Posted By Matthew Jokajtys on December 12, 2012
A federal court in New York recently decided that the migration of subterranean contamination onto a neighboring property was not, by itself, a sufficient basis to hold a neighboring landowner jointly liable for remediation costs under the federal Comprehensive Environmental Response, Compensation, and Liability Act (“CERCLA”).
CERCLA was enacted by Congress to encourage the remediation of contaminated properties, and seeks to achieve its goal through the use of strict liability. Under CERCLA, the government can compel a landowner to pay for the remediation of contamination on his or her property without showing that the landowner was causally responsible for the discharge of the contamination on the property in the first place.
However, as we have discussed in several prior blog posts here at the Periconi, LLC Environmental Law Blog, CERCLA provides a landowner with the opportunity to recover some of the remediation costs he or she has expended, or seek the contribution of remediation costs from a party who is potentially responsible for the contamination—a “potentially responsible party,” or “PRP.” One way to recover costs from a PRP is to prove that the PRP is the current or former owner of the site or “facility” where the contamination is located. In some cases, a CERCLA “facility” may span several parcels and implicate several landowners for remediation costs.
In Alprof Realty LLC v. Corporation of the Presiding Bishop of the Church of Jesus Christ of Latter-Day Saints, 09-CV-5190 (Sept. 12), property owner Alprof Realty sued the neighboring Church when it discovered that historical contamination had migrated onto its property from the Church’s parcel. The Church counterclaimed that the area of contamination encompassed on the two respective parcels constituted a single “facility” under CERCLA, and therefore both parties would be jointly responsible for the remediation costs.
In support of its argument, the Church cited a number of cases where courts have defined CERCLA “facilities” that span property lines. However, the court was not convinced. In its decision, the court pointed out that in each case the Church cited, there was a “specific relationship between the properties, the parties and the contamination [that] was critical to the courts’ definition of the facility boundaries” that was absent in Alprof.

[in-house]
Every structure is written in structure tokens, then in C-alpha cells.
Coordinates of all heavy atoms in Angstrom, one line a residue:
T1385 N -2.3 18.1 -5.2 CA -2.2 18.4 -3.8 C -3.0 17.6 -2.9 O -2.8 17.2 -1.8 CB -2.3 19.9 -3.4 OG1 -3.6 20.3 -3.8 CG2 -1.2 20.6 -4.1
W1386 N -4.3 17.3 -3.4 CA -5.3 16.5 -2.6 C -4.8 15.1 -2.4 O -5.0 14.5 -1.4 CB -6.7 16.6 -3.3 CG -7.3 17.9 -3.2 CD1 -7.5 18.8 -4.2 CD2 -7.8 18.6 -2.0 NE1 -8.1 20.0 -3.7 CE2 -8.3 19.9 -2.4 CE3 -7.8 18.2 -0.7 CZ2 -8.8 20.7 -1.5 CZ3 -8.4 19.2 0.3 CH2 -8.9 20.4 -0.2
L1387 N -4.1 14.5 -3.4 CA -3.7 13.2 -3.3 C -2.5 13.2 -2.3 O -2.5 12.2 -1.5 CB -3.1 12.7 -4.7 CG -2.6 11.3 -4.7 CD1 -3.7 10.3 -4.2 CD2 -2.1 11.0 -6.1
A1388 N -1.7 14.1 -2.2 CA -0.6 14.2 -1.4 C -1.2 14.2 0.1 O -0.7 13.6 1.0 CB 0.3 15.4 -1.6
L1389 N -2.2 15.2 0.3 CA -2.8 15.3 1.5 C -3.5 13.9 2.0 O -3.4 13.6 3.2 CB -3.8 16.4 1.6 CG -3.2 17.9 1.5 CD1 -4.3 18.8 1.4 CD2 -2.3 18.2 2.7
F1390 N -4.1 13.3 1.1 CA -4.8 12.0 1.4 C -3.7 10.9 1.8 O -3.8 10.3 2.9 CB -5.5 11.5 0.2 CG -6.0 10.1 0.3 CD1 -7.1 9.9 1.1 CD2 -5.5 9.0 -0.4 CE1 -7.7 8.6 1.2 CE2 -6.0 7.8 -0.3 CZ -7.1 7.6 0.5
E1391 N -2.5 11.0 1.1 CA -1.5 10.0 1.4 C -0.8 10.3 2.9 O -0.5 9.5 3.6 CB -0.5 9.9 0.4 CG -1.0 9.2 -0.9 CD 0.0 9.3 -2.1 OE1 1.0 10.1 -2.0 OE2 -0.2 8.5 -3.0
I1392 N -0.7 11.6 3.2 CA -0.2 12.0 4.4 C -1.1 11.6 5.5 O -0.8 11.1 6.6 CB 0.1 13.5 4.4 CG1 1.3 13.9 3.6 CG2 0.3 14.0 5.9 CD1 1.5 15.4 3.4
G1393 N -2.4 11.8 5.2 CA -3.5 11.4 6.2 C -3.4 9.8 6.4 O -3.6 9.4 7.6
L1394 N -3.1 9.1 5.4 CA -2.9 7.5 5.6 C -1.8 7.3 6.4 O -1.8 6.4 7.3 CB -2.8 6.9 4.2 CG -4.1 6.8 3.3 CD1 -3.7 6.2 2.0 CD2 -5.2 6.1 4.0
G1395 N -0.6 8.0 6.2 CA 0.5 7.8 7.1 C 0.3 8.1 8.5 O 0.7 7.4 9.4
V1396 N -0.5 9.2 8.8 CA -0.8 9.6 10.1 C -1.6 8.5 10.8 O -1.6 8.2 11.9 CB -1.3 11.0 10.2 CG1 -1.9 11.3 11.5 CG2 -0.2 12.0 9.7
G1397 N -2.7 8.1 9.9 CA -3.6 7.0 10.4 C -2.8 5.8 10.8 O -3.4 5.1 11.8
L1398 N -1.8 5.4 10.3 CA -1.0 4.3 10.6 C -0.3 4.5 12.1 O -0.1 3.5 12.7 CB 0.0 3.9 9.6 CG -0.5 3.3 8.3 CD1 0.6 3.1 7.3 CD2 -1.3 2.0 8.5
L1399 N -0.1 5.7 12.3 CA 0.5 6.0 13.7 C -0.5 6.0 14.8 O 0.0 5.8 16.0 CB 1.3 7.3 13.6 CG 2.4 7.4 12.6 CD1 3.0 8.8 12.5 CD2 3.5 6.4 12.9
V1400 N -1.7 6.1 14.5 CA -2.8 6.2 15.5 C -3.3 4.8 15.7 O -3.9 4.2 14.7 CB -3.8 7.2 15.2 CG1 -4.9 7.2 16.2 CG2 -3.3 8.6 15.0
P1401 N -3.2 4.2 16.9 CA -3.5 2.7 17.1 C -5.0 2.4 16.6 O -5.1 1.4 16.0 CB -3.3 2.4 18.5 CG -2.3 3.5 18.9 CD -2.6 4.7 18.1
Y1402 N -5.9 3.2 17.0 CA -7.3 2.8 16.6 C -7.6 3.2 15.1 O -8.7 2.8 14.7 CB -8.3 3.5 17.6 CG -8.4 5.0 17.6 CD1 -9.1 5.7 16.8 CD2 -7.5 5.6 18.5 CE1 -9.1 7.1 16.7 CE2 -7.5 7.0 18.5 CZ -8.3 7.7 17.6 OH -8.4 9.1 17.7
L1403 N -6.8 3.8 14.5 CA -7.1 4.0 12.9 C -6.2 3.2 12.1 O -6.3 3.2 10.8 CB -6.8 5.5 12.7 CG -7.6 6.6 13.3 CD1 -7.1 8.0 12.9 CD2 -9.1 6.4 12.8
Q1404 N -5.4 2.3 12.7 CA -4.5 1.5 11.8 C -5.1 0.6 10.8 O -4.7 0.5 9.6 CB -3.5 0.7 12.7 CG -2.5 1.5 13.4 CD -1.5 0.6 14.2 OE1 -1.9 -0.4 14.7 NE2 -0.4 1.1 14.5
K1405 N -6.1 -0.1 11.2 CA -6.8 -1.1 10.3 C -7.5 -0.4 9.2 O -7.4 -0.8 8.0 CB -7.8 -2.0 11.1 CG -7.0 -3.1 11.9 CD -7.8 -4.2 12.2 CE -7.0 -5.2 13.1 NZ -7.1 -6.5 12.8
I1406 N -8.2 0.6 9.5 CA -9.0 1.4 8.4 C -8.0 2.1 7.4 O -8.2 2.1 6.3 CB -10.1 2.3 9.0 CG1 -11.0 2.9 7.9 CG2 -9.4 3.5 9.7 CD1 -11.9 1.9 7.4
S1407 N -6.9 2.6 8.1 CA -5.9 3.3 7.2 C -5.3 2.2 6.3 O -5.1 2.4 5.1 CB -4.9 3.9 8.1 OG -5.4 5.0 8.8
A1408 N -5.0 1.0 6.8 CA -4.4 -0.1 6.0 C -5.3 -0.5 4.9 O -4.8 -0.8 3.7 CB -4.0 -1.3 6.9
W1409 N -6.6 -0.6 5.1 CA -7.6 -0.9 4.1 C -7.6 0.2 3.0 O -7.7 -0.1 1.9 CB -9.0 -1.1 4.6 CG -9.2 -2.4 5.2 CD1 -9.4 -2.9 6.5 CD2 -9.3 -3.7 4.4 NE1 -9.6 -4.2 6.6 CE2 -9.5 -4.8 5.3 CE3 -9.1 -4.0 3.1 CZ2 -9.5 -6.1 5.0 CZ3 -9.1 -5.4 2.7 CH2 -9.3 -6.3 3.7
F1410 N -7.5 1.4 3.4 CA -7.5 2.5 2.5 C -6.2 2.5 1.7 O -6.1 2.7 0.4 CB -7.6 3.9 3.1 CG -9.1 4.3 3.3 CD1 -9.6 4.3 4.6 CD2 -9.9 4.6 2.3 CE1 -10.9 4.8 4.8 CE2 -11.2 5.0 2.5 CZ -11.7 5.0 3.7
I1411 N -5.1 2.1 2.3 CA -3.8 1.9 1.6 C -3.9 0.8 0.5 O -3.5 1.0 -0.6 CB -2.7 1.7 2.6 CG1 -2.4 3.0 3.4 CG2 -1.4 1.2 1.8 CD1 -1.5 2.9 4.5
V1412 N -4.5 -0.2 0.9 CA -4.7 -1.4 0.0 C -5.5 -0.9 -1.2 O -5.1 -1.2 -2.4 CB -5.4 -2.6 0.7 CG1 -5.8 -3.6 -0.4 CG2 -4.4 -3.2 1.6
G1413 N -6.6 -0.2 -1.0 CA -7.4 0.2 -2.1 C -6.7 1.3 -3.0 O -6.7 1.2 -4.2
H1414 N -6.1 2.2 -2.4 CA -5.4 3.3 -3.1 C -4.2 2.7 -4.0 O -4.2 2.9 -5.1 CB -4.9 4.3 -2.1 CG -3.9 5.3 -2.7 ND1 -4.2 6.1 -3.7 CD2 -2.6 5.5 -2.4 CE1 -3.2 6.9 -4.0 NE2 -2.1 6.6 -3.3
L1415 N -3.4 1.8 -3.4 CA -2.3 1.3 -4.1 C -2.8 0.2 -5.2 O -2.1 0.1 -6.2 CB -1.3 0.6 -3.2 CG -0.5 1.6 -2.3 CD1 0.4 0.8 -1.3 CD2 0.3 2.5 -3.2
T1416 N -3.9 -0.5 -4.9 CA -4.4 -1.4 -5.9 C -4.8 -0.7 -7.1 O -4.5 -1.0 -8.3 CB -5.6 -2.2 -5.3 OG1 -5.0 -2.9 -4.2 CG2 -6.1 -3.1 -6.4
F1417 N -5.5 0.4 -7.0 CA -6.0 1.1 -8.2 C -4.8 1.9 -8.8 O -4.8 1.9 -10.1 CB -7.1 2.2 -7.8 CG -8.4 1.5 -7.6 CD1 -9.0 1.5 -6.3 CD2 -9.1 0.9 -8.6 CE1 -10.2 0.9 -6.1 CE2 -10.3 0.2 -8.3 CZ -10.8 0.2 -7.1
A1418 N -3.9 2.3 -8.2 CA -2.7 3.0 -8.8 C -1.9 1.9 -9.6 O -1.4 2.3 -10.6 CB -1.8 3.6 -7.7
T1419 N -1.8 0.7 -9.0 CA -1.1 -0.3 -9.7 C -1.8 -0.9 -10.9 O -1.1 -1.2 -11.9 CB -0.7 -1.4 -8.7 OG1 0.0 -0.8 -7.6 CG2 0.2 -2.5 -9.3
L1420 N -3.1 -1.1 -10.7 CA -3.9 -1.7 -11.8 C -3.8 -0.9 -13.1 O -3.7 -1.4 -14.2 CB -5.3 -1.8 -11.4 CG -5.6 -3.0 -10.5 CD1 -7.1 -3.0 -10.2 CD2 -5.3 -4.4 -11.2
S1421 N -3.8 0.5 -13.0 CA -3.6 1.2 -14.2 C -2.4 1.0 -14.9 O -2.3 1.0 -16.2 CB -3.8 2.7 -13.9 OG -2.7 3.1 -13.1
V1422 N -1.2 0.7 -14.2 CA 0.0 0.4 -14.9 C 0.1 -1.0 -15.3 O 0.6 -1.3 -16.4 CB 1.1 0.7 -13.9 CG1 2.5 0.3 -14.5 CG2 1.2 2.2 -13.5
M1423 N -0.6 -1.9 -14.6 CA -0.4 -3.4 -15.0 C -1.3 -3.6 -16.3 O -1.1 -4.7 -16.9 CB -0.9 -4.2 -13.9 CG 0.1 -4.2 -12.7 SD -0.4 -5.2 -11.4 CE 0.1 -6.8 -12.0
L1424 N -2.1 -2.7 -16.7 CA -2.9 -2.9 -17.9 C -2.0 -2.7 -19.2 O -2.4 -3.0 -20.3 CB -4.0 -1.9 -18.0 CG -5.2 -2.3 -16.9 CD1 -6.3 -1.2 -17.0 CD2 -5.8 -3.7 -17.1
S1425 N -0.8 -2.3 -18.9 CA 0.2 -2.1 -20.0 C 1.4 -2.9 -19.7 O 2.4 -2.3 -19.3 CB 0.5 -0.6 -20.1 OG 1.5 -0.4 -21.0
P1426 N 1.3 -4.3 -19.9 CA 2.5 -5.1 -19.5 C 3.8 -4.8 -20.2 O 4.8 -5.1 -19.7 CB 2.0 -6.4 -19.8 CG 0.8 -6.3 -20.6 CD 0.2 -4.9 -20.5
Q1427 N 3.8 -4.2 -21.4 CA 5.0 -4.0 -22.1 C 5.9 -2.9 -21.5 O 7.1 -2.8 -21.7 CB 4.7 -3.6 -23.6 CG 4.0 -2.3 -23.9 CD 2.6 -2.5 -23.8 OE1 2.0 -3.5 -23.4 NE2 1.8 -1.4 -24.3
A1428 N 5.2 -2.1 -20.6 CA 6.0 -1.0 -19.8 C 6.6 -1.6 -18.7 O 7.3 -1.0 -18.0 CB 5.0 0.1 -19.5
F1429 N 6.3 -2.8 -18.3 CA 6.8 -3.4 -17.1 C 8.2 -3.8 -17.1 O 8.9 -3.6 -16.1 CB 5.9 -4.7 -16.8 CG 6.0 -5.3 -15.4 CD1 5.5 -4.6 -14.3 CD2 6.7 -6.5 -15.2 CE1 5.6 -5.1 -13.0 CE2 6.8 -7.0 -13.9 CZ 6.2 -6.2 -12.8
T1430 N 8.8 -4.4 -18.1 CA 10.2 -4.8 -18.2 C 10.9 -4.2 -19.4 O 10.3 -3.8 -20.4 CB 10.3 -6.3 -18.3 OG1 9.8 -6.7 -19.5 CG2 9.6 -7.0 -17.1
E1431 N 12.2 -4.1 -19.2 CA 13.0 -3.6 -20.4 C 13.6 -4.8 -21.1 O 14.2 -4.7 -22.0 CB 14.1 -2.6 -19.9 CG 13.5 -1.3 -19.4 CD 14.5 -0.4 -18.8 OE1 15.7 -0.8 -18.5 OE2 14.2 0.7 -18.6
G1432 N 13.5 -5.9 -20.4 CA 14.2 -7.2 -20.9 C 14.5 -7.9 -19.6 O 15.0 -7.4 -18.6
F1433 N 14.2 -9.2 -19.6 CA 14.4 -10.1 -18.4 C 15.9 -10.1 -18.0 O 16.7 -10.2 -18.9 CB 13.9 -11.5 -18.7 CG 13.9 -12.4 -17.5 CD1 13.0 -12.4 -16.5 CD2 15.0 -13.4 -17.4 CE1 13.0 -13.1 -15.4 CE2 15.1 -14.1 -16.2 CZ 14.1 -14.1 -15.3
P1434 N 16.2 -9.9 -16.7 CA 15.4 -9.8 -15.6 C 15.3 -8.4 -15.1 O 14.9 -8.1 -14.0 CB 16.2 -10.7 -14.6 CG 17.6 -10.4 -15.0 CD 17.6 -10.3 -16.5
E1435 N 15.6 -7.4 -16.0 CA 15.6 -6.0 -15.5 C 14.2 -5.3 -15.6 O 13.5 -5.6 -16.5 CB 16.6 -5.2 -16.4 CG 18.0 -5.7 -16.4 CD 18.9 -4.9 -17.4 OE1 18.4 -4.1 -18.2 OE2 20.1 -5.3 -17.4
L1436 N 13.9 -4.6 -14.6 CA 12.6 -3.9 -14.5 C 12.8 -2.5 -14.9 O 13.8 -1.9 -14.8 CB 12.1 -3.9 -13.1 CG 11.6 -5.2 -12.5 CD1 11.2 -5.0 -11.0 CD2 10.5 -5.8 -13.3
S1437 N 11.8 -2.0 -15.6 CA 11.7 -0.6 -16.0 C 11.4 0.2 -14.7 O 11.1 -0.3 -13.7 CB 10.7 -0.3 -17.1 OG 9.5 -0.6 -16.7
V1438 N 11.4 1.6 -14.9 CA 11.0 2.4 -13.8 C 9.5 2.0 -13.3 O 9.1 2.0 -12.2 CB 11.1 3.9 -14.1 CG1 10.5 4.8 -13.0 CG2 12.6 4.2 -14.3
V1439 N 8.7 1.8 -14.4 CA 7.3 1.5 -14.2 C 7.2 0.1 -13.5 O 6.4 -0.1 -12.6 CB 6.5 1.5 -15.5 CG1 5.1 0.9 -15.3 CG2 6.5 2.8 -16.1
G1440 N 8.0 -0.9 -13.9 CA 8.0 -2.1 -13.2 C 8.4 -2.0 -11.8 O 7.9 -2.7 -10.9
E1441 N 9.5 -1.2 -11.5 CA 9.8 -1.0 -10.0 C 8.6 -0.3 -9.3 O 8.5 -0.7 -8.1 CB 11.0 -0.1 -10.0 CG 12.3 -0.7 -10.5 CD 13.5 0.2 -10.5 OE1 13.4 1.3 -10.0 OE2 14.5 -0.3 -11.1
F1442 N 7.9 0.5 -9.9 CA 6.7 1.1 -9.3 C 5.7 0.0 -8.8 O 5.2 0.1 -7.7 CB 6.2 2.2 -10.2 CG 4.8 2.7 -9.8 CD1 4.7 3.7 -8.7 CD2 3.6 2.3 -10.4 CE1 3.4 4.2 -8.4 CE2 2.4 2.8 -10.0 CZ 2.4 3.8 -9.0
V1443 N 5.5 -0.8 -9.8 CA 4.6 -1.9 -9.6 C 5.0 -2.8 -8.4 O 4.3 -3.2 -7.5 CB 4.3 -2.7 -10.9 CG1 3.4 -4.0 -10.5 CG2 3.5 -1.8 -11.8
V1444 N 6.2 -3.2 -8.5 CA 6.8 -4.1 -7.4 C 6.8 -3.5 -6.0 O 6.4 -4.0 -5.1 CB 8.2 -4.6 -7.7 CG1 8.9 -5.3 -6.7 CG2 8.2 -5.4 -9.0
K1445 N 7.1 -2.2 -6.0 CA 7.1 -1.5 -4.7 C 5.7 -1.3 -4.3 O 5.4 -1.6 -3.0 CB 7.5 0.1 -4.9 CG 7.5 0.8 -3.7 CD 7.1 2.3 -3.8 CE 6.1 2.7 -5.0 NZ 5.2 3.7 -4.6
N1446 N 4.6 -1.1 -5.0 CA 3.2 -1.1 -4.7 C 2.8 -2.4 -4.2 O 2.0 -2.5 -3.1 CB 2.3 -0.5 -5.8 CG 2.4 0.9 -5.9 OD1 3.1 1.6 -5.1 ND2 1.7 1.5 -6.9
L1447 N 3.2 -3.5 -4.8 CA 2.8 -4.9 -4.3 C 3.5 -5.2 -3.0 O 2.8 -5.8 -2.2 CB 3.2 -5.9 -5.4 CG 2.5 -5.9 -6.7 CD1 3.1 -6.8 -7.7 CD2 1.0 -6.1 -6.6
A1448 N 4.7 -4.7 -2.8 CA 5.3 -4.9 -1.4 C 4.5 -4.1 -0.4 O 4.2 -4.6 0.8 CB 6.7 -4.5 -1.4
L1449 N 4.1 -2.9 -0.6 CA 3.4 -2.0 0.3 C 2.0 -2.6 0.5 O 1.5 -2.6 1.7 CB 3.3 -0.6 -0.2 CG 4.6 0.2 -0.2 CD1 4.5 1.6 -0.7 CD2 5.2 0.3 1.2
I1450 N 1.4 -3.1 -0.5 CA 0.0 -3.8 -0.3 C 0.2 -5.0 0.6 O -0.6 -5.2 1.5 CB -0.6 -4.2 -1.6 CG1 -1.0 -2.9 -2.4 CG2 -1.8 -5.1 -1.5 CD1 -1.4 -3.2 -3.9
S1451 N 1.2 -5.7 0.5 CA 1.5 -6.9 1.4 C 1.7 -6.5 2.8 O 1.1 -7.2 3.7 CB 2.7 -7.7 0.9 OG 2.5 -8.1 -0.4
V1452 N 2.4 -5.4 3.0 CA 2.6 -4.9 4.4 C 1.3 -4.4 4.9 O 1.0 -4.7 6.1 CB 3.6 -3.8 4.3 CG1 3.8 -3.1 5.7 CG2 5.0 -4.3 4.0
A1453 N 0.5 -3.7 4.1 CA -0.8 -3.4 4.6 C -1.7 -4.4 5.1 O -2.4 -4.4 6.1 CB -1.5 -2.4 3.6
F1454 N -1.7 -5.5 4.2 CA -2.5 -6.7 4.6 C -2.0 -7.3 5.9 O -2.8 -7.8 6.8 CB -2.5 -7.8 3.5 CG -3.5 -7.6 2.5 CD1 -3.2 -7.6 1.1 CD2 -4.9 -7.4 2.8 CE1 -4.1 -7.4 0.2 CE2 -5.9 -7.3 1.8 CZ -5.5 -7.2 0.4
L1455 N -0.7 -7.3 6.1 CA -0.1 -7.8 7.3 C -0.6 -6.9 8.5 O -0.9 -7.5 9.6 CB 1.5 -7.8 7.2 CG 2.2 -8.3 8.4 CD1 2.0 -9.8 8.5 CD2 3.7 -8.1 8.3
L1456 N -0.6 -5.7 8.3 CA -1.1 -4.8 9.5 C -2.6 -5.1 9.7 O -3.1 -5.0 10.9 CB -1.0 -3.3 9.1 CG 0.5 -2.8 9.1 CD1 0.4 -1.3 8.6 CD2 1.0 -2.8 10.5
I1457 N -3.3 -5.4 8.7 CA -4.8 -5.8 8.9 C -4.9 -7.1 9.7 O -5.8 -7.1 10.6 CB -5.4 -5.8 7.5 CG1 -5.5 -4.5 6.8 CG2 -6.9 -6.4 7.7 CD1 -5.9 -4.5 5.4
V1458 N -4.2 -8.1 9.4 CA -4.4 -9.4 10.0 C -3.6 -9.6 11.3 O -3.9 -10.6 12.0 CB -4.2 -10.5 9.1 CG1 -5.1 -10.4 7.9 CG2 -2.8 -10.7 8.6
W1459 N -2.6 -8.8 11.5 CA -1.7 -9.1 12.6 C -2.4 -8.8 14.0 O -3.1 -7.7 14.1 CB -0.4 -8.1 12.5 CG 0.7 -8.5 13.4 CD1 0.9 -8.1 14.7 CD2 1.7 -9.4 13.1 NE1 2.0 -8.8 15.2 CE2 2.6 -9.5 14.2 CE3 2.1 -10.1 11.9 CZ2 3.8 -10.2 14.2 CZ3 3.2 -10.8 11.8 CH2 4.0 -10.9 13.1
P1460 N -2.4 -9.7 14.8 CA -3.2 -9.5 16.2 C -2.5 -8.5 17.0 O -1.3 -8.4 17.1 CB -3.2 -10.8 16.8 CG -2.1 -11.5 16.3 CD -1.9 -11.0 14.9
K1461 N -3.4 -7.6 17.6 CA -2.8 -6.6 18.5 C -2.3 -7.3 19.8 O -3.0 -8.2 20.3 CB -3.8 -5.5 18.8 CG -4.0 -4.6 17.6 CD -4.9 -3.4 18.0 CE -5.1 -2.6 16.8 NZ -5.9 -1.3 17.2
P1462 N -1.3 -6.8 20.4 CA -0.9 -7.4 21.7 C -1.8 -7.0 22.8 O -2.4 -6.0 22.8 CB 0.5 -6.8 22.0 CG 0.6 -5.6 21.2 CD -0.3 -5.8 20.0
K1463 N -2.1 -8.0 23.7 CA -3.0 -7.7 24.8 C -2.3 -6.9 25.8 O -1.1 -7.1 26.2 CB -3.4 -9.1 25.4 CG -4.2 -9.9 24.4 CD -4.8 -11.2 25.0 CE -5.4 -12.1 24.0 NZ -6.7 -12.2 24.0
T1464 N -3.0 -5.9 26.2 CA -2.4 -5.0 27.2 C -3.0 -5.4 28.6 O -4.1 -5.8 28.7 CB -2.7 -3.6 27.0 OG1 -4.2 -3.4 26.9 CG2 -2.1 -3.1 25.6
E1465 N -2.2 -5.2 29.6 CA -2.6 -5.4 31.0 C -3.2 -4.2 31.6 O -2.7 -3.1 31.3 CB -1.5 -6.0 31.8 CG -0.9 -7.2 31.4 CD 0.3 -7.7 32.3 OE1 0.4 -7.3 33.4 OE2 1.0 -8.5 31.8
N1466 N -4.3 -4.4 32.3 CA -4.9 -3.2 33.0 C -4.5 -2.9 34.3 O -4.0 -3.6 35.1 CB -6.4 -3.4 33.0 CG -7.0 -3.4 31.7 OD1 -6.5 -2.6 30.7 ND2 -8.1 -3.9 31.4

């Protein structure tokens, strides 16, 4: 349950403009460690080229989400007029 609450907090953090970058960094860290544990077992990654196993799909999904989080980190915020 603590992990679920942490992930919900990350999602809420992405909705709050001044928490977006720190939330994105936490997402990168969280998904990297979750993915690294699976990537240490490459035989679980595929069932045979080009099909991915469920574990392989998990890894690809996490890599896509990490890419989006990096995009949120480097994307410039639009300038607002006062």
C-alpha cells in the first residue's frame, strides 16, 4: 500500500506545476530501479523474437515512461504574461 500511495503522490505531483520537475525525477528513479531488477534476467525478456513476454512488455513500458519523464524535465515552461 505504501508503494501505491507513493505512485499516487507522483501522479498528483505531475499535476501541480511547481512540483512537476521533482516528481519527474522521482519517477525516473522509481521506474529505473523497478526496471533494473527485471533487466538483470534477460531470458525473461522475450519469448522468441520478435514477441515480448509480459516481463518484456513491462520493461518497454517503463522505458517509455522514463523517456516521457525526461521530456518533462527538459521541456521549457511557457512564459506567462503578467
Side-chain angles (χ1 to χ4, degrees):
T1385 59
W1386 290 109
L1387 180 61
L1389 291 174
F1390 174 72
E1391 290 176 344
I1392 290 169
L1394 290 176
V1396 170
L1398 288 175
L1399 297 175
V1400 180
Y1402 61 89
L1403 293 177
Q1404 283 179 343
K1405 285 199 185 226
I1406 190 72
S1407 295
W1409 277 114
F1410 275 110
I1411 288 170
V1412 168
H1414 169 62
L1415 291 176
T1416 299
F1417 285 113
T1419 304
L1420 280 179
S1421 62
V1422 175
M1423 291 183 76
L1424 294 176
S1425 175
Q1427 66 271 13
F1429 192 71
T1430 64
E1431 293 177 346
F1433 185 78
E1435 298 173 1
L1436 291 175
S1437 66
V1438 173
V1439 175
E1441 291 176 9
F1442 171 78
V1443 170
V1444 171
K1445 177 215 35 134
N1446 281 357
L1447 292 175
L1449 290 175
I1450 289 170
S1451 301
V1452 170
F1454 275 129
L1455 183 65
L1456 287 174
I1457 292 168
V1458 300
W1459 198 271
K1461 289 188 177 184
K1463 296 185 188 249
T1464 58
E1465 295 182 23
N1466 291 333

For example, the Church cited Tanglewood East Homeowners v. Charles-Thomas, Inc. 849 F.2d 1568, (5th Cir. 1988), where individually owned lots in a suburban subdivision were collectively declared a single facility. However, in Tanglewood, the various lots in the subdivision were carved out of a single larger parcel where a single factory had operated and released hazardous contamination over two decades. In Alprof, there was no such common denominator. Rather, the Church simply purchased the property in 2002 with knowledge that some contamination existed, but failed to test the groundwater for contamination until 2006. It was during this time period that contamination migrated onto the neighboring Alprof parcel.
With the strict liability laws under CERCLA and its state counterparts, and the high cost of many environmental remediation projects, it is unsurprising that landowners like the Church will go to great lengths to pursue contribution from any source. It is important now, more than ever, to retain experienced environmental counsel when considering the purchase a parcel adjacent to actual or suspected contamination so that you can plan for how those liabilities will be allocated between buyer and seller, and whether the buyer will be assigned from seller the right to sue an adjacent property owner under circumstances similar to those presented in Alprof.